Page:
The high court's five-justice majority sided with the nonprofit group. In an opinion written by Chief Justice Roberts, the court held that the key factor was who had written the materials. And while most of the annotations were initially drafted by LexisNexis personnel, the state's legislative council held final authority over the document's contents.

The council gave LexisNexis detailed instructions about what kinds of material to include, and legislative officials carefully reviewed each new annotation before approving it. Moreover, the high court held that Georgia's legislative council was effectively an arm of the state legislature. The group was funded by the state of Georgia, and a majority of its members had to be Georgia legislators. Hence, the Georgia legislature bore ultimate responsibility for the code's contents.

As a result, the Supreme Court held that any document produced by the Georgia legislature could not be protected by copyright.

4 Justices Disagreed

Four justices dissented, writing two dissenting opinions. Clarence Thomas, in an opinion joined by fellow conservative Sam Alito and largely joined by liberal Stephen Breyer, argued that the courts were stretching century-old precedents too far. The old rulings had been clear that laws themselves couldn't be copyrighted, Thomas argued, but hadn't been so clear about when copyright should apply to related materials that do not have the force of law.

Thomas pointed out that 22 other states have used arrangements similar to Georgia's to publish their own state laws. Georgia—and a number of other states—grants a company like LexisNexis a monopoly right to publish the official annotated state code. In exchange, LexisNexis spends significant amounts of money to produce the annotations. This kind of deal saves states from having to spend taxpayer dollars to directly fund the annotation process.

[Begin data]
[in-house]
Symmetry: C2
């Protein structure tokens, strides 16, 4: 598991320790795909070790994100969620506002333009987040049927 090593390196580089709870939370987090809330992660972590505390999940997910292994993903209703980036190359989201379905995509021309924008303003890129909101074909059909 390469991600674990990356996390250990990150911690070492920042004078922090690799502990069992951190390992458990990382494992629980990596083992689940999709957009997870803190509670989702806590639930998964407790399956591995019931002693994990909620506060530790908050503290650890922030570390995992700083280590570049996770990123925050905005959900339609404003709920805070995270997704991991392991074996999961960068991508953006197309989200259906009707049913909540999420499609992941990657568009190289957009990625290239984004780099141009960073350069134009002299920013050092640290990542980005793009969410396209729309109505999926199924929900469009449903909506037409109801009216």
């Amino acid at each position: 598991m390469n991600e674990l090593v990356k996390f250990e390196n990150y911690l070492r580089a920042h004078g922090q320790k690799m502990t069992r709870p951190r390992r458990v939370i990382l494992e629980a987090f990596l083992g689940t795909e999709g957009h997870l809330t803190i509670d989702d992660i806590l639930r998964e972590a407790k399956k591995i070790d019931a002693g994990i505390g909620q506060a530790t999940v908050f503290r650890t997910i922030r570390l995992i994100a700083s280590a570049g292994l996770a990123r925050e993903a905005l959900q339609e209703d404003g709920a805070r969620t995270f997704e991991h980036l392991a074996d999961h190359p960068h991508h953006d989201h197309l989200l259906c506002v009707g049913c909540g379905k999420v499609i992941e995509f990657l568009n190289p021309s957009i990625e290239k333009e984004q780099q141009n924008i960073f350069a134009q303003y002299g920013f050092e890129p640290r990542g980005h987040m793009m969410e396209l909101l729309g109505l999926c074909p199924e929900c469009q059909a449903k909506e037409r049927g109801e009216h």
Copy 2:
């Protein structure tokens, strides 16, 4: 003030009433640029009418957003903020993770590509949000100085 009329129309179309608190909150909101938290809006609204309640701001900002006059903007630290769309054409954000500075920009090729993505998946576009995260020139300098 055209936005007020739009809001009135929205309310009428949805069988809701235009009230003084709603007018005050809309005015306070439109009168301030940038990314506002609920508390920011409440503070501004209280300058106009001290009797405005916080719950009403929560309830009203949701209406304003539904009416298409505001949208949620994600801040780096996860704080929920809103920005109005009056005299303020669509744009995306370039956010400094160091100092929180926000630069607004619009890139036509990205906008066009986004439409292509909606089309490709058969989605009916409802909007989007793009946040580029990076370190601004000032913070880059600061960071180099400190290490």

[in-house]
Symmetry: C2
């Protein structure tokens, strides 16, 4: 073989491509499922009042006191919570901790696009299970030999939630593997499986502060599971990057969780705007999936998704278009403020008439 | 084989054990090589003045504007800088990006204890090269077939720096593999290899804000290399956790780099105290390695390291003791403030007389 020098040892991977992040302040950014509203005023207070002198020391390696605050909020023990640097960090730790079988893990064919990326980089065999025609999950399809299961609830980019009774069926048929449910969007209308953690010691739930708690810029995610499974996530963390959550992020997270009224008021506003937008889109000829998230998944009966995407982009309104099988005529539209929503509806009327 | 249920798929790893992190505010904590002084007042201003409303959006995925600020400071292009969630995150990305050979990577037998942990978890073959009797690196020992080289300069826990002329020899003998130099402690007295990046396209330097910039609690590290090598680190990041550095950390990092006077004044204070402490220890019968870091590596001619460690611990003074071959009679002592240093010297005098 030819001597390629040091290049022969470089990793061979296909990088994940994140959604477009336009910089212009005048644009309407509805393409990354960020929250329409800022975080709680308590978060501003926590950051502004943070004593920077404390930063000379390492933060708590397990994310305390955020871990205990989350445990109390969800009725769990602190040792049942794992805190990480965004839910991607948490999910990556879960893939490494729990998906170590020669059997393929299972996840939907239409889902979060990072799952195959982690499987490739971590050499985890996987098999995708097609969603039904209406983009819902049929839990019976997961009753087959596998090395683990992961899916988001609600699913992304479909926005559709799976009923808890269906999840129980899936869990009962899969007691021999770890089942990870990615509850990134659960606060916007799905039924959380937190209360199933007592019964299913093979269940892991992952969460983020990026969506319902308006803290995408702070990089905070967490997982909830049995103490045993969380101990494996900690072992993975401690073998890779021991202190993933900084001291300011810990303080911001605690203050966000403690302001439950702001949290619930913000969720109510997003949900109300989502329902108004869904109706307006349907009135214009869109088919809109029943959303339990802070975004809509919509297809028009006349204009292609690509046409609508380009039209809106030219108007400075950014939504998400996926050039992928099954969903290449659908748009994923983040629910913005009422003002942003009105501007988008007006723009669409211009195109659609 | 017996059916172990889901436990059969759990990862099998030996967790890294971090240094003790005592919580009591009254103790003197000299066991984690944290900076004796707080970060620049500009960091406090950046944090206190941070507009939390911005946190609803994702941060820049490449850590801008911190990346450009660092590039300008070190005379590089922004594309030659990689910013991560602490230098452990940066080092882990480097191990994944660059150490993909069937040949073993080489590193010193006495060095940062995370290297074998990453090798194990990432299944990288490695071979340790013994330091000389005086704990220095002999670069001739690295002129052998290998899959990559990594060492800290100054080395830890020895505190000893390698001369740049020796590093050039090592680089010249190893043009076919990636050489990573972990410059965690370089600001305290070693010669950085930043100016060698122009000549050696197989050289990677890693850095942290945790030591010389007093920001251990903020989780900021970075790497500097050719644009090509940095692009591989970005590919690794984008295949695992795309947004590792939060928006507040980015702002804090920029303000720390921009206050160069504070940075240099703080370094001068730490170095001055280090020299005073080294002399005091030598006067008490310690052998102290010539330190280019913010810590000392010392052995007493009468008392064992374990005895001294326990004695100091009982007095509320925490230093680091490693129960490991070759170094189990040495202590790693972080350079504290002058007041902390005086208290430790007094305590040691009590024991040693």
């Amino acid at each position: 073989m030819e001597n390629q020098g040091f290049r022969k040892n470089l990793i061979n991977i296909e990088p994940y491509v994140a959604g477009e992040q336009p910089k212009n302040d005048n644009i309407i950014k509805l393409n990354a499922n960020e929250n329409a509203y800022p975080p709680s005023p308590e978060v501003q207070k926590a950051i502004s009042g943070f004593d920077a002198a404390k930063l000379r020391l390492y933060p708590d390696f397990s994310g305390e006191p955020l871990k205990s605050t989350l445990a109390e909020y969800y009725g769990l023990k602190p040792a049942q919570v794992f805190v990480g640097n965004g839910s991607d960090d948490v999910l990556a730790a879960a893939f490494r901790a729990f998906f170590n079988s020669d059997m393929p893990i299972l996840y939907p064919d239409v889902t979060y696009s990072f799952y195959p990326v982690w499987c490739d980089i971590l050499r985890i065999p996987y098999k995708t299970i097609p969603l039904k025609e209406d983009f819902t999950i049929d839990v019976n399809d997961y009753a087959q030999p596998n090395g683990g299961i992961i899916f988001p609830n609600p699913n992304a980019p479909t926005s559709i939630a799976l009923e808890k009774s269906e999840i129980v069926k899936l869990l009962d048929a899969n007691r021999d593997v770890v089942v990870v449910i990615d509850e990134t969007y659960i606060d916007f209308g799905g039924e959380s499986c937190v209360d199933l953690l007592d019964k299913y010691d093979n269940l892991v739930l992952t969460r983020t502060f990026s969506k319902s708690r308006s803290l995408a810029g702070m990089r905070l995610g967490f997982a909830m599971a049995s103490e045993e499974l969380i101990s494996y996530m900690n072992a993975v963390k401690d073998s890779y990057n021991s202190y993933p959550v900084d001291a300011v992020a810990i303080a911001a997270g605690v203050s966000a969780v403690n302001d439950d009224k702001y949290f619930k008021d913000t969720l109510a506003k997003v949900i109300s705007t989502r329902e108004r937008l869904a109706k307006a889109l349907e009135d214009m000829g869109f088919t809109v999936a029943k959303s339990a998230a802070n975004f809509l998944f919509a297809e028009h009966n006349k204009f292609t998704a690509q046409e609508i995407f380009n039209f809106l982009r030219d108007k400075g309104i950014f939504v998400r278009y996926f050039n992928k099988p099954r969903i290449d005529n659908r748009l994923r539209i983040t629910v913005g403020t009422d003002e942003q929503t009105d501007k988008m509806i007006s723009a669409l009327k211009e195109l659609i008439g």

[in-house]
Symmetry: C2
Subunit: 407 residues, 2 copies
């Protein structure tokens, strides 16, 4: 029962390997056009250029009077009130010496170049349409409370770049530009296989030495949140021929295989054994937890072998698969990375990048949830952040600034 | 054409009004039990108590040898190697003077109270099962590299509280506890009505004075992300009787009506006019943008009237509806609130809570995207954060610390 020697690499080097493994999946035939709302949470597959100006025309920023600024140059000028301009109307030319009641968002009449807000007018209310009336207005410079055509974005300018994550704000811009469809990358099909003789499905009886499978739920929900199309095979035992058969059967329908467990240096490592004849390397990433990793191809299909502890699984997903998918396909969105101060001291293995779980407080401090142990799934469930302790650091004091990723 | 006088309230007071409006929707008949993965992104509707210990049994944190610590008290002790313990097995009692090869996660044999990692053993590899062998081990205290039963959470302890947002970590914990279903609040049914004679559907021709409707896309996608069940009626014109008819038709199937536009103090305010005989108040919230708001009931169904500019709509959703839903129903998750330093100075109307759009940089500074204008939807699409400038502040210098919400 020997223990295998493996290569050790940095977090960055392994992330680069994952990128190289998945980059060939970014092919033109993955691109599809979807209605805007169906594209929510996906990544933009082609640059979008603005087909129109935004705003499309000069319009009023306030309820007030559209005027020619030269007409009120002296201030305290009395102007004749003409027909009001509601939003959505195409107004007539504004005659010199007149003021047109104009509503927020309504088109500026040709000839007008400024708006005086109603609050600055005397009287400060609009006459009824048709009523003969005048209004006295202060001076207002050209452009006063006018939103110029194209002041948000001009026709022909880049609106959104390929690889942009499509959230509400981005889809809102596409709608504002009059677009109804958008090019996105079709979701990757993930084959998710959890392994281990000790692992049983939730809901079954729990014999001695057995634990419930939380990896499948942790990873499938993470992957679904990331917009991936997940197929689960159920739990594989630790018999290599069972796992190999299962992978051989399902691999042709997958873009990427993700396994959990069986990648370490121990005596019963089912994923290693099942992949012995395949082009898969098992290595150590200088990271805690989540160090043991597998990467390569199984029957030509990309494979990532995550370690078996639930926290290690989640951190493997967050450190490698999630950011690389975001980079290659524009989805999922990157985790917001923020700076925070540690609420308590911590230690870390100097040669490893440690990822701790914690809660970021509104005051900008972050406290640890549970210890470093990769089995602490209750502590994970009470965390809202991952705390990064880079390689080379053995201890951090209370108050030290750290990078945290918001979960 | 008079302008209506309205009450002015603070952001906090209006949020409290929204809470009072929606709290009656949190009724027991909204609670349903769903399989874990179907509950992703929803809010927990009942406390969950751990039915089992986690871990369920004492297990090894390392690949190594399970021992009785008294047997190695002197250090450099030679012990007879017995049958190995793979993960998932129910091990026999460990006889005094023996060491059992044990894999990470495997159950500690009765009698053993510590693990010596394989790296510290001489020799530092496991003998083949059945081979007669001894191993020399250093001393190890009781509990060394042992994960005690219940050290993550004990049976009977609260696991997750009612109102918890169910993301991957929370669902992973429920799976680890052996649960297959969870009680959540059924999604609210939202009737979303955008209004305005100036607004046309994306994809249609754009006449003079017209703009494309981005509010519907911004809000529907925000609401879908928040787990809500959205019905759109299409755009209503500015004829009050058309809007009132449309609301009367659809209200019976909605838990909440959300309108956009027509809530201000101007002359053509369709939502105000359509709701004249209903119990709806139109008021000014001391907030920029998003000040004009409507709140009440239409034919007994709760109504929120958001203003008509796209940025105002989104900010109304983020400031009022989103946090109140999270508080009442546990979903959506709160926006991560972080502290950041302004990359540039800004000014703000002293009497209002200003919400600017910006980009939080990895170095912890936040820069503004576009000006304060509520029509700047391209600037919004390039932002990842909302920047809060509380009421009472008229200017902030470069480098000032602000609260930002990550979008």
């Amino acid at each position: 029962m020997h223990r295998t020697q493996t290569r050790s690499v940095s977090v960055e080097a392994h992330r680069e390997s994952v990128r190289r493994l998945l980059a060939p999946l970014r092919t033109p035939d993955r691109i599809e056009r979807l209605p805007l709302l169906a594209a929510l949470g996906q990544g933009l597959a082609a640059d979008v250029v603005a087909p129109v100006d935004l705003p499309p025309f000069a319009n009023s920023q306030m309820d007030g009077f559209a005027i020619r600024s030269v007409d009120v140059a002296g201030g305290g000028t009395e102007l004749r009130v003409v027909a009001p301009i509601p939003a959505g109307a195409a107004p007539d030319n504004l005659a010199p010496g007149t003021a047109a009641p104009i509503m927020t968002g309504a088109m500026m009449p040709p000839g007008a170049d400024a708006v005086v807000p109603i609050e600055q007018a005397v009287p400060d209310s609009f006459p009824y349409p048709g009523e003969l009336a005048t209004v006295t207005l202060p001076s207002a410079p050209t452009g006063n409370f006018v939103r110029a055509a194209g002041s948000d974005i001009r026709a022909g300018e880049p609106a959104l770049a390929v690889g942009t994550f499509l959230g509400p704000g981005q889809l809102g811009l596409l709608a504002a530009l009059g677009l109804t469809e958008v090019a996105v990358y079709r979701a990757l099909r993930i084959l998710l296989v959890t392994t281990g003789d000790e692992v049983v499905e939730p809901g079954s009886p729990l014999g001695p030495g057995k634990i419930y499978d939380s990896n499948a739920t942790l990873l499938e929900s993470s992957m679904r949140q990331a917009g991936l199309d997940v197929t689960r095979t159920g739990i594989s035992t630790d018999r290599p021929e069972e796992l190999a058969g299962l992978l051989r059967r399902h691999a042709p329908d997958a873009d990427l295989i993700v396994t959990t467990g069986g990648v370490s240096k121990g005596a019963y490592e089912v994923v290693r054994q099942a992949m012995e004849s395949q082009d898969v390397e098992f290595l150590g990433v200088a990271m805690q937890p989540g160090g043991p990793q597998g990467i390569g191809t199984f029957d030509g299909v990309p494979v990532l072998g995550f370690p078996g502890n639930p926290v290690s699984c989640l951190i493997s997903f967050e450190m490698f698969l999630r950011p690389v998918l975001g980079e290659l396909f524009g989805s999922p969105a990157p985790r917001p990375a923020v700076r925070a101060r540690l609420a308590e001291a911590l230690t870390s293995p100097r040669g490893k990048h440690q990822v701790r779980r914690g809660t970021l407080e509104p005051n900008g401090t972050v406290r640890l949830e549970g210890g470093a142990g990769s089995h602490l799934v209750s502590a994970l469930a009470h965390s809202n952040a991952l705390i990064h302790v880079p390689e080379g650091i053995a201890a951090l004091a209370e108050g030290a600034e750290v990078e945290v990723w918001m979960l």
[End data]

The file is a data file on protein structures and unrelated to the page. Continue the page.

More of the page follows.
Monday's rulings will force states to rethink this approach—either paying for the annotations with cash or discontinuing annotations altogether. Thomas argued that it would be better for the high court to keep the status quo and let Congress alter copyright law if it didn't approve of states claiming copyright over the nonbinding portions of state legal codes.

A second dissent by liberal Ruth Bader Ginsburg—and also signed by Breyer—took a different tack. She argued that the law only denied copyright protection to works produced by a legislature in the course of its official duties. But she argued that the process of annotating existing laws is inherently separate from the process of enacting laws in the first place.

"Annotating begins only after lawmaking ends," Ginsburg argued. Hence, she argued that it didn't make sense to treat annotations the same way as the text of a statute itself.

One potential problem with the dissenters' approach is that it could have created a legal minefield for people wanting to republish the public domain portions of official documents. If Ginsburg and Thomas had gotten their way, Georgia's official annotated code would continue to be a mixture of copyrighted and public domain works. That would have forced anyone who wanted to republish state law to perform the laborious task of deleting the copyrighted parts first. The practical impact would be to raise the cost of providing the public with copies of official legal documents like the Georgia code.

The Supreme Court majority rejected the dissenters' narrow interpretations of past precedents. Instead, they held that any works produced by the legislature are excluded from copyright protection, whether or not they're directly connected to the legislative process—and whether or not they're legally binding.

Disclosure: Public.Resource.Org provided financial support for the author's graduate studies during the 2010–11 school year.

This story originally appeared on Ars Technica.